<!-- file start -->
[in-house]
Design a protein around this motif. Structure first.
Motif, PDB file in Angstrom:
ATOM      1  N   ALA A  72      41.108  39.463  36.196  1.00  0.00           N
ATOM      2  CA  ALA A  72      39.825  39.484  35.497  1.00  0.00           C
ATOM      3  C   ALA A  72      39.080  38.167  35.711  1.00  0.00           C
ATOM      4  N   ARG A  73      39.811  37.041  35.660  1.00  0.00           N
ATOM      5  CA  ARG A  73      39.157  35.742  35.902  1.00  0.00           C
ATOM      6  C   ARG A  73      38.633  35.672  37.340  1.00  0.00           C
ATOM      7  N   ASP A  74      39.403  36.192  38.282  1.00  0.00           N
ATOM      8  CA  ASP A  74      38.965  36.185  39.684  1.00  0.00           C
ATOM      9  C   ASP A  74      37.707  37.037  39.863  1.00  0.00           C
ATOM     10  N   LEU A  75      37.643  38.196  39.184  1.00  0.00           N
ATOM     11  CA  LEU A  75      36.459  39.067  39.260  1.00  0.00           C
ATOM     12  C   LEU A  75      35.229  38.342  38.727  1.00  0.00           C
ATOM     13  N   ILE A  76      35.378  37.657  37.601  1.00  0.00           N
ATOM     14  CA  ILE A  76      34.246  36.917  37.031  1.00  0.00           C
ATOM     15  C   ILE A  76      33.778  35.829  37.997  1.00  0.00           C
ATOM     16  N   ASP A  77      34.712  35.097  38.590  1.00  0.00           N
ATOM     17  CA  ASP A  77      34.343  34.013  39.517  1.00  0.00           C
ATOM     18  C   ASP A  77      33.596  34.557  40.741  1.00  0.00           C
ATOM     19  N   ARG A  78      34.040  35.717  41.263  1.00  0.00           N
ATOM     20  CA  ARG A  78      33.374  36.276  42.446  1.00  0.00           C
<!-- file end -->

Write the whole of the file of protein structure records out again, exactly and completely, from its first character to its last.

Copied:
[in-house]
Design a protein around this motif. Structure first.
Motif, PDB file in Angstrom:
ATOM      1  N   ALA A  72      41.108  39.463  36.196  1.00  0.00           N
ATOM      2  CA  ALA A  72      39.825  39.484  35.497  1.00  0.00           C
ATOM      3  C   ALA A  72      39.080  38.167  35.711  1.00  0.00           C
ATOM      4  N   ARG A  73      39.811  37.041  35.660  1.00  0.00           N
ATOM      5  CA  ARG A  73      39.157  35.742  35.902  1.00  0.00           C
ATOM      6  C   ARG A  73      38.633  35.672  37.340  1.00  0.00           C
ATOM      7  N   ASP A  74      39.403  36.192  38.282  1.00  0.00           N
ATOM      8  CA  ASP A  74      38.965  36.185  39.684  1.00  0.00           C
ATOM      9  C   ASP A  74      37.707  37.037  39.863  1.00  0.00           C
ATOM     10  N   LEU A  75      37.643  38.196  39.184  1.00  0.00           N
ATOM     11  CA  LEU A  75      36.459  39.067  39.260  1.00  0.00           C
ATOM     12  C   LEU A  75      35.229  38.342  38.727  1.00  0.00           C
ATOM     13  N   ILE A  76      35.378  37.657  37.601  1.00  0.00           N
ATOM     14  CA  ILE A  76      34.246  36.917  37.031  1.00  0.00           C
ATOM     15  C   ILE A  76      33.778  35.829  37.997  1.00  0.00           C
ATOM     16  N   ASP A  77      34.712  35.097  38.590  1.00  0.00           N
ATOM     17  CA  ASP A  77      34.343  34.013  39.517  1.00  0.00           C
ATOM     18  C   ASP A  77      33.596  34.557  40.741  1.00  0.00           C
ATOM     19  N   ARG A  78      34.040  35.717  41.263  1.00  0.00           N
ATOM     20  CA  ARG A  78      33.374  36.276  42.446  1.00  0.00           C